Newsletter Issue 30

Every few weeks we send a newsletter to our subscribers with the new content we have written, new episodes of our podcast, and other interesting links we’ve found on the internet.

Subscribe to our Newsletter here.


From The Heartbeat Podcast: Interview with Amir Salihefendić, CEO + Founder of Doist

Amir Salihefendić is the founder and CEO of Doist, a productivity software company serving over 13 million people. As a remote, bootstrapped company, Doist’s products include Todoist and Twist. In our conversation, Amir gets real about motivation, the importance of constant learning and evolution, and hiring.

Amir also turns the table and asks me a few questions about our recent new product launch 🙂 Don’t miss our chat here…



Transcript of the interview is here.


What I’ve been reading lately

Closing the Culture Gap
I found the data and the conclusions in this piece interesting. Affirms what many of us have likely experienced – that the C-suite is more excited about cultural change than everyone else in the company – and what to do in spite of this: “First and foremost, you must identify your organization’s “critical few” traits: the core attributes that are unique and characteristic to it, that resonate with employees, and that can help spark their commitment.”Written by DeAnne Aguirre, Varya Davidson, and Carolin Oelschlegel, strategy+business

The Art of Balancing Autonomy and Control 
This piece observes an unlikely group of managers – hackathon organizers! – to uncover insights about what makes them successful as leaders: “The distinction [of hackathon organizers] from traditional management is akin to that between directing actors in film versus theater — in the former arena, directors are expected to control and intervene in the process to perfect the finished project, while in the latter, directors focus on preparation in advance as they accept the uncertainty and improvisation which is integral to the live performance. “ (Note: They ask you to sign-in to read the full article – I think it’s worth it 🙂 )Written by Hila Lifshitz-Assaf, Sarah Lebovitz, and Lior Zalmanson, MIT Sloan Management Review

The Hard Truth About Innovative Cultures
A well-written reminder on the duality that a work environment must embrace to be successful: “Creating a culture that simultaneously values learning through failure and outstanding performance is difficult in organizations with a history of neither. A good start is for senior leadership to articulate clearly the difference between productive and unproductive failures: Productive failures yield valuable information relative to their cost. A failure should be celebrated only if it results in learning.”Written by Gary P. Pisano, Harvard Business Review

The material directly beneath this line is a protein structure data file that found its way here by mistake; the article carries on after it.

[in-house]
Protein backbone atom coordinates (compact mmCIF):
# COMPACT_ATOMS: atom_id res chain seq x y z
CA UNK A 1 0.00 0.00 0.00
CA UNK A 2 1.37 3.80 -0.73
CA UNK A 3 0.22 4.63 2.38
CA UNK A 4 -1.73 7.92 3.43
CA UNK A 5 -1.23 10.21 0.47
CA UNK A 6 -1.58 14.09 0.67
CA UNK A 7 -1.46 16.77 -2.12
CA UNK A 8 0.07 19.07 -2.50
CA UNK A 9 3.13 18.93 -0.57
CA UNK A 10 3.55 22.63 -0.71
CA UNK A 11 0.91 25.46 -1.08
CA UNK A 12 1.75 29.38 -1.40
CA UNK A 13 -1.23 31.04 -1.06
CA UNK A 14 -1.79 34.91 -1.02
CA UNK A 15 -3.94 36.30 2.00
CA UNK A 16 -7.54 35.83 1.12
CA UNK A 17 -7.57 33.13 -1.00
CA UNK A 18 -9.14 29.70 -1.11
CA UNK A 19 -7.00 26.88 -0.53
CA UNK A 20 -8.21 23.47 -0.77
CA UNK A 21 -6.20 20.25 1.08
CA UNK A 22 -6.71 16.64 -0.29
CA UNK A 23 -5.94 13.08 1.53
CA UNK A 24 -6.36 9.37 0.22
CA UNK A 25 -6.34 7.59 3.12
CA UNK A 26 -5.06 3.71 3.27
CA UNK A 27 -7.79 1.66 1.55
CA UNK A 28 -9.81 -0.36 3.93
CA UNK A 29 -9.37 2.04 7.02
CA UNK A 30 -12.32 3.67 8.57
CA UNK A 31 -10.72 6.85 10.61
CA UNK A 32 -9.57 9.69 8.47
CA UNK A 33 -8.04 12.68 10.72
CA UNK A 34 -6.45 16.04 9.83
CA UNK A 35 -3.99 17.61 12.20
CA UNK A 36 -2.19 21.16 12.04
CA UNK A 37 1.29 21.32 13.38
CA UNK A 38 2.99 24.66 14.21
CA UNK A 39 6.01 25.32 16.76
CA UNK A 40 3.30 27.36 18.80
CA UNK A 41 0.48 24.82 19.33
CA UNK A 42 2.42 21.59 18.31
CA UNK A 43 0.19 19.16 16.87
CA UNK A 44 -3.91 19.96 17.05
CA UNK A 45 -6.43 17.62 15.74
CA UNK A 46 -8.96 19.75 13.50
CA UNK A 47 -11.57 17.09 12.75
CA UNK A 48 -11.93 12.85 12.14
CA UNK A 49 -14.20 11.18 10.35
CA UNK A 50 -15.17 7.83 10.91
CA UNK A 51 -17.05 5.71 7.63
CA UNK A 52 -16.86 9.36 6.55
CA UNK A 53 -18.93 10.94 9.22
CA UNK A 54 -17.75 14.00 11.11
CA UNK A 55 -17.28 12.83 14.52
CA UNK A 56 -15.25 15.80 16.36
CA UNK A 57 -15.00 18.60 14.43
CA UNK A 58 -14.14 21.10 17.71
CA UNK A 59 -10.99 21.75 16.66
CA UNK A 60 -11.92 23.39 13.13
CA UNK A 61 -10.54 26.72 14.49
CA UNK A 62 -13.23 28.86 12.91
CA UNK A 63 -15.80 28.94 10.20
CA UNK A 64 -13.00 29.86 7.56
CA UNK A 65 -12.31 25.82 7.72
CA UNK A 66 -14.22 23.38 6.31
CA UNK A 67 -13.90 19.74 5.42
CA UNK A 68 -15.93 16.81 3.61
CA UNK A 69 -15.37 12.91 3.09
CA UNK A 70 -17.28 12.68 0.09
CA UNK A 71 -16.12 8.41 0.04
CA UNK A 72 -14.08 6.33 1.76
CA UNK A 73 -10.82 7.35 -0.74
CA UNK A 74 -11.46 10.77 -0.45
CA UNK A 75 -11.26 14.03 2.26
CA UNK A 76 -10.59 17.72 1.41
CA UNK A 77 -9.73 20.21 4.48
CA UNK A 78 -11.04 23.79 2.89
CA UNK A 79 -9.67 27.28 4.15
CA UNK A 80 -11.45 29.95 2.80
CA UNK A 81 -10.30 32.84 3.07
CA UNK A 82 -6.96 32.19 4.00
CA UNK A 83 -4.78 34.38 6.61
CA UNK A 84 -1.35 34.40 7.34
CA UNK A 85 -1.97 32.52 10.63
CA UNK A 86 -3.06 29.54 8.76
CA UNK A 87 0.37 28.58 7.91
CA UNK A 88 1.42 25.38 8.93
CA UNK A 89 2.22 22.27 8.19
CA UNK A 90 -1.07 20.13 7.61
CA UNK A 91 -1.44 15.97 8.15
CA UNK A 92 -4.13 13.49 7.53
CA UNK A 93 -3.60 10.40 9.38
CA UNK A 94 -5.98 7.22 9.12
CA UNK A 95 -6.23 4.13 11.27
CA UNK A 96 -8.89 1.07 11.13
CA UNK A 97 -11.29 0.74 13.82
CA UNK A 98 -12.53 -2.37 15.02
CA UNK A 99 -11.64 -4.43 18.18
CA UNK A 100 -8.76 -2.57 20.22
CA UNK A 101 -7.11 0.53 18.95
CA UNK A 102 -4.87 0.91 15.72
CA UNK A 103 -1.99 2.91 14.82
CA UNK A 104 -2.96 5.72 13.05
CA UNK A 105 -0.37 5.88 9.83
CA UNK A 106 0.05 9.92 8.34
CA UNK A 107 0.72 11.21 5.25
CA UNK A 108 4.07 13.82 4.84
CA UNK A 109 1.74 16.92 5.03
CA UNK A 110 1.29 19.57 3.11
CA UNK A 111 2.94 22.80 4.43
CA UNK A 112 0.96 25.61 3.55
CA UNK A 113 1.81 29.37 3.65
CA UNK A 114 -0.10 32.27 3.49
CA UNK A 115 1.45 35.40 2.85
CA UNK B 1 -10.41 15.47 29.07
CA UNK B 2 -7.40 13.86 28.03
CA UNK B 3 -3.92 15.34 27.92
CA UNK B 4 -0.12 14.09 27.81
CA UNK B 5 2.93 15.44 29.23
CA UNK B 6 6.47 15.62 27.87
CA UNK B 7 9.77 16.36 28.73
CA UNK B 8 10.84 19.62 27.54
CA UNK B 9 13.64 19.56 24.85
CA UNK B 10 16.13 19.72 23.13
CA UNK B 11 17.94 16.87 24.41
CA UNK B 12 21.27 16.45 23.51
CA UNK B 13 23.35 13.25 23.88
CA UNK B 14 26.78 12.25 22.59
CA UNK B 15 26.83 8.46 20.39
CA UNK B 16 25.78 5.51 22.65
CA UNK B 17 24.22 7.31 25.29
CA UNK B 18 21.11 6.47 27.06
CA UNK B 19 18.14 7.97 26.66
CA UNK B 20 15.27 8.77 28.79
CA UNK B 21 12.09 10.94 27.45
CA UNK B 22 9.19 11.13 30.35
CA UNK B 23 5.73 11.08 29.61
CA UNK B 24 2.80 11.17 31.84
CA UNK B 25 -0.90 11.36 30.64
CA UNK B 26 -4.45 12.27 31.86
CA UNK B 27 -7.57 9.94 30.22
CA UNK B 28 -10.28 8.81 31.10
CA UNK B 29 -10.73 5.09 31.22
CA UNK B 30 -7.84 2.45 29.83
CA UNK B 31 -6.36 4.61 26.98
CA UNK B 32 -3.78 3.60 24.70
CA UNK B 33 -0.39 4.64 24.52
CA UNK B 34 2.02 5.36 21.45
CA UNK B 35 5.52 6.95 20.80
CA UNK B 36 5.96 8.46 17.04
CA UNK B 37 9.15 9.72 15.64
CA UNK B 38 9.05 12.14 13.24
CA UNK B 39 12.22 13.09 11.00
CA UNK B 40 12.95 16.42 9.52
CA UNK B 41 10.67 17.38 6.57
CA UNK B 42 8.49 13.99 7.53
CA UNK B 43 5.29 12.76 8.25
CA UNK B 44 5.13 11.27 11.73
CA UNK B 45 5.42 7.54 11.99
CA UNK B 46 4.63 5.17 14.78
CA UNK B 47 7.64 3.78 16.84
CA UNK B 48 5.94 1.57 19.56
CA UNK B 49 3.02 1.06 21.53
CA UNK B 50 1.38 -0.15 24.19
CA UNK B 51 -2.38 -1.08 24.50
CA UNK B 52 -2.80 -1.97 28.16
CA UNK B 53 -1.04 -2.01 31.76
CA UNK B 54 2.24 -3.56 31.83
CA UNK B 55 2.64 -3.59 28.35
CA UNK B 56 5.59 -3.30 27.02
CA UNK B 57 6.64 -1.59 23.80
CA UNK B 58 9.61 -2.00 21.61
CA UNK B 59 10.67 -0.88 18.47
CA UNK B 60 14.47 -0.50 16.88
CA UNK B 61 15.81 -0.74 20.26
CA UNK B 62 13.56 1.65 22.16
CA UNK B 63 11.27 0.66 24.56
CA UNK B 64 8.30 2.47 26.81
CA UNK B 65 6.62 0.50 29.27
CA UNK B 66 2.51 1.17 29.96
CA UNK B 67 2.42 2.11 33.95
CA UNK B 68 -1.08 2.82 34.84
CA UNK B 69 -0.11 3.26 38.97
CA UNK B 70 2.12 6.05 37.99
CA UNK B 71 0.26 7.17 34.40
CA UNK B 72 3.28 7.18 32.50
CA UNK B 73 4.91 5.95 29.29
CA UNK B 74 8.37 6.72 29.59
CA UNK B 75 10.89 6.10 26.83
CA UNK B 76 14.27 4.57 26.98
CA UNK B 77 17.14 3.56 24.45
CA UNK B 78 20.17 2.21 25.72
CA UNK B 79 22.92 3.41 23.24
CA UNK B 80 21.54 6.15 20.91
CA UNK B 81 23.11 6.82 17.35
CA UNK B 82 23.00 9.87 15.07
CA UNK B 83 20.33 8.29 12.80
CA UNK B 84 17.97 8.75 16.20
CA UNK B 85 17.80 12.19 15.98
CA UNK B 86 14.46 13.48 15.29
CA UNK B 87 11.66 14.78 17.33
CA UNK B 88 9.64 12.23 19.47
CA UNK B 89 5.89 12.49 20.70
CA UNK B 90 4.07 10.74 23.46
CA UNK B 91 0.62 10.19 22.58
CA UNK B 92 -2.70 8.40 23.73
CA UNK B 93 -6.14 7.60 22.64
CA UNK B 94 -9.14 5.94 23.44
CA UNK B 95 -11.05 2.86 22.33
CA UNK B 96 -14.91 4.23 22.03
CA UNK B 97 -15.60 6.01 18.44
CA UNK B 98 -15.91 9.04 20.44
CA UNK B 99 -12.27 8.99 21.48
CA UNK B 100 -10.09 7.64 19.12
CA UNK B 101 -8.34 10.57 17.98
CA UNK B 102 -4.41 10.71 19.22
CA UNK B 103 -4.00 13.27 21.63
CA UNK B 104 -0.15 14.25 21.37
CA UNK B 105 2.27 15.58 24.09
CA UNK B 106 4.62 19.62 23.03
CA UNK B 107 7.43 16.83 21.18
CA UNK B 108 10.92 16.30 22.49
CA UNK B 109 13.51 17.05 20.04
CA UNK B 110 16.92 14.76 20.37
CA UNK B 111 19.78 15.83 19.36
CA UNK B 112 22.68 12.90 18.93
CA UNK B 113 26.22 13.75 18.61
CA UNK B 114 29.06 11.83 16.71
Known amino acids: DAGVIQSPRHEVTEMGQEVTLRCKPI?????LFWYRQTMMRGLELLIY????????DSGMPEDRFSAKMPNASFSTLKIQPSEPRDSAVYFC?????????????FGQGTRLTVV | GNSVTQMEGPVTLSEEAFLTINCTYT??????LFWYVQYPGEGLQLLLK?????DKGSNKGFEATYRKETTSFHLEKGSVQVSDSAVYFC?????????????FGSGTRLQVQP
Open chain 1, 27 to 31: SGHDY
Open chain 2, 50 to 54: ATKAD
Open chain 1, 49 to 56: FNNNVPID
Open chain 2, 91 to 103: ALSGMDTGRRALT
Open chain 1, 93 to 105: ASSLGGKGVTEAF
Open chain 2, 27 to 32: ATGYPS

I hate manager READMEs
A strong, compelling take on a recently popular best practice of writing “Manager READMEs”. I personally think Manager READMEs are highly culture dependent and can be helpful in certain teams. But I really enjoyed reading Camille’s thoughts on it – she makes excellent points: “First of all, be real: you probably do not know yourself as well as you think you know yourself. It’s the Dunning-Kruger of self-awareness.”Written by Camille Fournier

How To Be A Leader That Inspires People To Change
Ignore the cheesy title 🙂 It’s a good, light kick in the pants to remember this time of year, as a leader: “There’s only one leadership strategy. Everyone knows this. You can only lead by example. There’s no other effective way to inspire people.”Written by Darius Foroux

Directly from my desk

The most counterintuitive leadership tip? Leaders, stop doing what you’re good at.
“Focus on what you’re good at, and the team never becomes good at it themselves. Focus on what you’re good at, and you never see things for what they really are.”

You have a micromanaging boss. What can you do?
“There are 5 reasons your boss is micromanaging you. Here’s how to manage up, and around them.”

A handy leadership tip

From our online leadership community of almost 1,000 managers, in Know Your Team

If you’re annual planning for the first time, ask your team to consider the following:

  • What were your group’s successes/wins?
  • Where didn’t you do as well as you would’ve wanted?
  • What metrics can you show, i.e., how are you measuring progress?
  • What’s your vision for your department for the year ahead?
  • How is what you/your department are working on contributing to the mission of the organization?
  • Do you have clarity on how what your department matters to the whole organization?
  • What are the two or three things that would make it easier for you/your department contribute your best work?
  • Is there anything that you think the leadership team should be focusing on that we’re not currently?

Other annual planning tips:

  • Set company goals quarterly. Set team micro-goals monthly. Set individual contributor micro-microgoals weekly. Don’t try to predict the future.

Just for fun

The Simple Joy of “No Phones Allowed”
“A few nights ago I saw Jack White in concert. It was a wonderful night, and a big part of that was due to a new rule he has imposed on all his tour dates: no phones.”

Thank you all for a wonderful year. Talk to you in 2019! <3

Written by Claire Lew

CEO of Know Your Team. My mission in life is to help people become happier at work. Say hi to me on Twitter at @clairejlew.

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